Albertson's V Kroger's

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Ratio Comparisons: Albertson’s Versus Kroger Company

Albertson’s 2-Year Comparison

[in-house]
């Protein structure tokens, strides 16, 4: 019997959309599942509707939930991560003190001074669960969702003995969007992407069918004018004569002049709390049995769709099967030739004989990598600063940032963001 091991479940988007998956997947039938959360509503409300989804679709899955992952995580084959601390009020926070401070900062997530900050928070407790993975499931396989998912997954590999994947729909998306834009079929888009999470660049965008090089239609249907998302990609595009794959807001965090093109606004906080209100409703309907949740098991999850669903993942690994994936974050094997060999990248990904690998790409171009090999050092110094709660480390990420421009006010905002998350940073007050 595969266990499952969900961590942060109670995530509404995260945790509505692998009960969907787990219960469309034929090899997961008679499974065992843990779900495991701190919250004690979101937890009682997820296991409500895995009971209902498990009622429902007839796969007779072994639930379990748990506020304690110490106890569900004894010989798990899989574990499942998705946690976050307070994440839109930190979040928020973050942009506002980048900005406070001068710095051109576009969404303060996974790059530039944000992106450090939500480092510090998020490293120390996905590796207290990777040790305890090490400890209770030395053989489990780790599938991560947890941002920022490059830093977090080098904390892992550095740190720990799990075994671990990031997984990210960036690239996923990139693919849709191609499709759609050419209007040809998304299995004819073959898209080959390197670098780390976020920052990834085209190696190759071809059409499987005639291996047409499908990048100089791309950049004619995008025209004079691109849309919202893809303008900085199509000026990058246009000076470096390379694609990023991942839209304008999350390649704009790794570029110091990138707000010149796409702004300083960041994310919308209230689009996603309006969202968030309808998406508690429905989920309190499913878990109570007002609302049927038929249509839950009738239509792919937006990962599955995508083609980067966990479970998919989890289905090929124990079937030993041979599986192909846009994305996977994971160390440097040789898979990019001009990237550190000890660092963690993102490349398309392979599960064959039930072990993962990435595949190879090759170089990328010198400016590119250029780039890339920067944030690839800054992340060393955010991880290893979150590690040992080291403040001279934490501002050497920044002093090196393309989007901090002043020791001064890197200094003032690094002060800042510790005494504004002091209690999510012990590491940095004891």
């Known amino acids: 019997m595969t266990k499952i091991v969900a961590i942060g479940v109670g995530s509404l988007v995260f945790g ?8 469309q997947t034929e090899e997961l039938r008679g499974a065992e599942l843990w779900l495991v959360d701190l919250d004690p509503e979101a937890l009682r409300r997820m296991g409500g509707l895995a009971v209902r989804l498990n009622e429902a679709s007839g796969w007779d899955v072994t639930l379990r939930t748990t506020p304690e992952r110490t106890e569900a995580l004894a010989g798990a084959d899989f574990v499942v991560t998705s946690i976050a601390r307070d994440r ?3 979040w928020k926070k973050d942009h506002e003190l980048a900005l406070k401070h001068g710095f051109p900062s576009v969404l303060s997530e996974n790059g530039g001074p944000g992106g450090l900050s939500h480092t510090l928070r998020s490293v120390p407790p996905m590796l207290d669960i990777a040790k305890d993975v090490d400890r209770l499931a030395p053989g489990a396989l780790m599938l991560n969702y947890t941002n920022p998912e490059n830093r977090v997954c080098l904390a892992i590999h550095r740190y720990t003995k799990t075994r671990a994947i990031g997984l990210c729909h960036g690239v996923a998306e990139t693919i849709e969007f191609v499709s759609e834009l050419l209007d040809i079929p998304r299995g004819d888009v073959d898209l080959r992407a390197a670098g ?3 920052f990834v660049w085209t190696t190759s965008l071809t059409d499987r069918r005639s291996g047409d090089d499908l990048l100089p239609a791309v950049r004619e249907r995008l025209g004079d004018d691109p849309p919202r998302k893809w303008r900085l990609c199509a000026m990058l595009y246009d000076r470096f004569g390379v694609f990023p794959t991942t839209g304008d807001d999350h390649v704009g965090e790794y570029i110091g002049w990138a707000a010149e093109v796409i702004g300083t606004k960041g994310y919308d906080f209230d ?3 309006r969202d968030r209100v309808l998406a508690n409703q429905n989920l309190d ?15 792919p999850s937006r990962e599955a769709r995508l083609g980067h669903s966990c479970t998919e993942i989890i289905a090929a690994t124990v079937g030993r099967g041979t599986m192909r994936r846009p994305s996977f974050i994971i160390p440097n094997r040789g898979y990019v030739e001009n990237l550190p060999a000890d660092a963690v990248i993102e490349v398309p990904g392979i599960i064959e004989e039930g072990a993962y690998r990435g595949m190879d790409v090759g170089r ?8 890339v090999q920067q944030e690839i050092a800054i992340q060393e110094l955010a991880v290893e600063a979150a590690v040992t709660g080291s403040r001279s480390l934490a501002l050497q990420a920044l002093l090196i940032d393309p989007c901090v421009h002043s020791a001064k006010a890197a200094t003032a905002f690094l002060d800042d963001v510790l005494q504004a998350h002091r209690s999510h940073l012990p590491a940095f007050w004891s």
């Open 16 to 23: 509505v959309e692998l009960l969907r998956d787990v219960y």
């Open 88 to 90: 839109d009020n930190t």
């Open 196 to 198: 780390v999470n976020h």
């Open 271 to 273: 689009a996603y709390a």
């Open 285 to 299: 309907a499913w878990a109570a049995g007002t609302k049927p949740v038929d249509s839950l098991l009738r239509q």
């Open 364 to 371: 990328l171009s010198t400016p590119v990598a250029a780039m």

Ratios are important tools to be used when analyzing a company’s financial health. There are four categories of ratios that are broken down into thirteen ratios. Eight ratios will be used to analyze the financial statements of Albertson’s for the years 2003 and 2004. The first category of ratio analysis is the liquidity ratio. In this category, we have calculated the current ratio. The current ratio for Albertson’s for 2003 is 1.2 and for 2004 is 1.05. Companies that have a ratio at or below 1.0 should be concerned, unless they have inventory that can be quickly converted to cash. . In the case of Albertson’s, this would be expected. This is also proven with the quick or acid-test ratio. For 2003, the ratio is .36 and or 2004 is .28. The Quick Test ratio does not apply to the handful of companies where inventory is almost immediately convertible into cash (such as McDonalds, Wal-Mart, etc.). The second category of ratios is the asset utilization ratios. In this category, we have calculated the total asset turnover. For the year 2003, the ratio is 1.93 and for 2004 the ratio is 2.18. The higher the ratio, the better assets are being utilized. For every dollar in assets Albertson’s owns, the company sold $2.18 in goods. On the other hand, the higher the turnover rate, the lower the profit margin. In an industry such as Albertson’s, the next ratio, the average collection period is expected to be low. Most of its business is in cash, so it is no surprise that for 2003 the average days for collections was seven and for 2004, it decreased to six days. One would think that the majority of this would be in the form of returned checks. This ratio should make management pleased with the result. Another asset utilization ratio calculated is inventory turnover. For 2003,...
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